IBS – Luke 17:8

Luke 17:8 ESV – Will he not rather say to him, ‘Prepare supper for me, and dress properly, and serve me while I eat and drink, and afterward you will eat and drink’?

We continue with the parable of the unworthy servants with Jesus describing the more natural response to the previous question, “What do you tell a servant after he comes in from the field?”  Jesus expects us to tell our servants to do 3 things after the work day is over:
  1. Prepare supper
  2. Dress properly
  3. Serve me through dinner

Only after doing these 3 activities will the servant then have a chance to rest and nourish him or herself.  The first command described by Jesus is to prepare supper.  This is not a simple task today, let alone back in Jesus’ time.  The purpose of preparing supper is so that the master will not have to work on preparing the food.  He can just sit back and relax while he smells sweet aromas wafting from the kitchen.

The proper dress is required of a servant so that he doesn’t look filthy while he’s in the presence of the master.  Remember from the previous verse that the servant has just come in from plowing the field.  He is dirty and sweaty.  Not only would he be expected to dress properly, but I’m sure a bath would be in order so that he doesn’t reek of dirt and oxen droppings.  This is all so the master will see something pleasing as he prepares to eat.
Finally, the servant’s job is to serve the master dinner.  This is the presentation of all the work he’s completed.  Non-verbally, this is when the servant can say to the master, “I’ve plowed your field, made supper, and prepared myself to be presentable.  Now, here, taste the fruit of my labor and look at me and be pleased.”   If any mistakes are made – the food tastes horrible, the servant looks dirty, or the supper is not served properly – the servant will have to go back and remake dinner.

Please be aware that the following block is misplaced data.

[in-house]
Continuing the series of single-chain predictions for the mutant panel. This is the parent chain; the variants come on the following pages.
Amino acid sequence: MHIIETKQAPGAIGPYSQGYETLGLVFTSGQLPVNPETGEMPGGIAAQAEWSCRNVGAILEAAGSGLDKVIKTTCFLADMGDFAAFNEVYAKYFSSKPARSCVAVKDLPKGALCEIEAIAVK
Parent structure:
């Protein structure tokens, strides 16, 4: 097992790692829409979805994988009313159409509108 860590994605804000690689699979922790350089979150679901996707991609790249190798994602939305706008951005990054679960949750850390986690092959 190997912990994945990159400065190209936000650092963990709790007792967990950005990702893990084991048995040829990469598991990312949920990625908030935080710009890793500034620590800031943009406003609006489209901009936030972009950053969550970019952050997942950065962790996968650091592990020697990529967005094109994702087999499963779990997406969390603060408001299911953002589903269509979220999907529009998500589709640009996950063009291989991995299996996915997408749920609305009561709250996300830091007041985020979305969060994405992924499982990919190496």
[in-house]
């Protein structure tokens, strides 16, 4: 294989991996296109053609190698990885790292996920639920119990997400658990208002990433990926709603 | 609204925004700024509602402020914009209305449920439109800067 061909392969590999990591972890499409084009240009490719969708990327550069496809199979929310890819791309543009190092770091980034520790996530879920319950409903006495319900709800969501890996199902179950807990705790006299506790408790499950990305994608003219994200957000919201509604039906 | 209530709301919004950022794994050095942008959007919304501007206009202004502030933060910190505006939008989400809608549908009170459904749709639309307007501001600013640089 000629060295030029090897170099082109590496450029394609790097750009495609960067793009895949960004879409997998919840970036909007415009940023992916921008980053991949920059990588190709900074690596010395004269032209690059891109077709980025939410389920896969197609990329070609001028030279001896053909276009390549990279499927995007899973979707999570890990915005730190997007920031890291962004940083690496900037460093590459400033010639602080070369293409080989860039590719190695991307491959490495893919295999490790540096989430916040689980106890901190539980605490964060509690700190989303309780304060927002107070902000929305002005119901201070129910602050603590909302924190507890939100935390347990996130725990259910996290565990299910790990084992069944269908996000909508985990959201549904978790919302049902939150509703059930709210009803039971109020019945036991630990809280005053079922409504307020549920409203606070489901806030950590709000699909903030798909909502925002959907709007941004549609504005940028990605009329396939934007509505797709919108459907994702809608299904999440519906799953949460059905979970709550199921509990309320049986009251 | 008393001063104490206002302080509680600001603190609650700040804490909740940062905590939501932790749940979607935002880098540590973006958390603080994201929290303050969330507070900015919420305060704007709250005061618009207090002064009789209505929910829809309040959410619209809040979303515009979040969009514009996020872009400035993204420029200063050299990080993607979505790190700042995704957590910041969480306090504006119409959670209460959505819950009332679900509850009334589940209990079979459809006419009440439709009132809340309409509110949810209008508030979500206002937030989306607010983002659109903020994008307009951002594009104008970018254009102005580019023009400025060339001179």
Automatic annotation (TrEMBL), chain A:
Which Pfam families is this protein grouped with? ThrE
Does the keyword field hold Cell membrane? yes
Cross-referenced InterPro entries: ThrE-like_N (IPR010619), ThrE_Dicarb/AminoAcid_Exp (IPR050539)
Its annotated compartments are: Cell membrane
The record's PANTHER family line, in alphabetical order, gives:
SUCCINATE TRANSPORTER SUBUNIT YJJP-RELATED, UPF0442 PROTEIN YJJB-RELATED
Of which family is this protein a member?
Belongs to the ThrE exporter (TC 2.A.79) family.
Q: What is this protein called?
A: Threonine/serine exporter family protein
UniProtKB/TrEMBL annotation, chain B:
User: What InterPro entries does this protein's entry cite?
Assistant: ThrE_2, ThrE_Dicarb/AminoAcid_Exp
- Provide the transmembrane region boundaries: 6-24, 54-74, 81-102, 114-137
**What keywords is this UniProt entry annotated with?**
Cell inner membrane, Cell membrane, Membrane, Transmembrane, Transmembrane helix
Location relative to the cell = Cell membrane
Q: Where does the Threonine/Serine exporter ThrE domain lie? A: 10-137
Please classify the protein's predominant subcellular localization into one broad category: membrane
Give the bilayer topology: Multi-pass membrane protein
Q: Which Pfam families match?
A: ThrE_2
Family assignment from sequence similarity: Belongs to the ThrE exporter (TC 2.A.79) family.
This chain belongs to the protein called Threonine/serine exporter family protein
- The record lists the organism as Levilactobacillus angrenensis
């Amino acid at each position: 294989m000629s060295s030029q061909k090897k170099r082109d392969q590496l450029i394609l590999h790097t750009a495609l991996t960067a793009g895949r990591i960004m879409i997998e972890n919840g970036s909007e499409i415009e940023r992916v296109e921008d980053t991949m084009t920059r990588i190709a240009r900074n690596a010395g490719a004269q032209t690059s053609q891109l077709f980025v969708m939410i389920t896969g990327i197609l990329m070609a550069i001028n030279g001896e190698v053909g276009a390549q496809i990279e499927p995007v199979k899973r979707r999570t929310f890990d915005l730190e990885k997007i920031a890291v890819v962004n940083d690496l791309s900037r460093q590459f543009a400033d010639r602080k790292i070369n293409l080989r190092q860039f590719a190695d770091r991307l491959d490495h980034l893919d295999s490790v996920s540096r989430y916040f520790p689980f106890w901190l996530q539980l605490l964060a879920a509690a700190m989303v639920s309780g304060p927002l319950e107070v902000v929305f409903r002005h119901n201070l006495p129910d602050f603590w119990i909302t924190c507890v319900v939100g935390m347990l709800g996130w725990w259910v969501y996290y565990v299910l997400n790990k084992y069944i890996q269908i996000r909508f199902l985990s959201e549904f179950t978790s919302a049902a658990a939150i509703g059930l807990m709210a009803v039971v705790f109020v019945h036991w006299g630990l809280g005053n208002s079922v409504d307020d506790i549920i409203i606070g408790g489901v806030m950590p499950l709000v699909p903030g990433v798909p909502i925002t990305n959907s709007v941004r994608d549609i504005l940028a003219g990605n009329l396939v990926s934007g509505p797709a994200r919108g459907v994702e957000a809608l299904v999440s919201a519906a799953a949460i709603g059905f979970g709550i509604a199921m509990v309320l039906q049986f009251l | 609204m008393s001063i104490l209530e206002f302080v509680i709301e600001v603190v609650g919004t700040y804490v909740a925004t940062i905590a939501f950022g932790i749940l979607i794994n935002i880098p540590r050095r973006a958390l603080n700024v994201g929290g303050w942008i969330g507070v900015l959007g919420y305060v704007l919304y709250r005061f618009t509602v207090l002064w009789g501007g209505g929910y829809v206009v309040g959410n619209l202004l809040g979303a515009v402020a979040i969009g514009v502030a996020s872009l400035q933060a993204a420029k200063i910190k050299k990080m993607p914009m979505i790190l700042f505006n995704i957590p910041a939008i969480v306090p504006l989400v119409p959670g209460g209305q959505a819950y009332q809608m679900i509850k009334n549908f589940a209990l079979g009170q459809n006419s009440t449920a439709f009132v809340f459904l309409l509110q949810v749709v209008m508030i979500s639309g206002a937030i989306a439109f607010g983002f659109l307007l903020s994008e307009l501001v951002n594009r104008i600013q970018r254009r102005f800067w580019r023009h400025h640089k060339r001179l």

Remember that Jesus is using this part of the parable descriptively.  This is how we *would* treat a servant if we had one.  He’s not necessarily assigning moral value, but simply stating, “If you had a man who owed you his life, isn’t this how you would treat him?”  He asks this rhetorically, knowing that the disciples will agree with him, thinking, “Yes, that is how I would treat my servant.”  It’s not wrong; it’s just the way it is.
The application I’d like to see today is if the tables were turned.  There’s no one I know that owes me their life, but I owe my life to someone: Jesus.  I should be serving Him.  Even more practically, however, I owe a lot of my happiness to my wife and kids.  As a husband and father, I should be a servant leader to them.  I should focus on their needs before my own: spiritually, emotionally, and physically.  Today, I need to serve my family.
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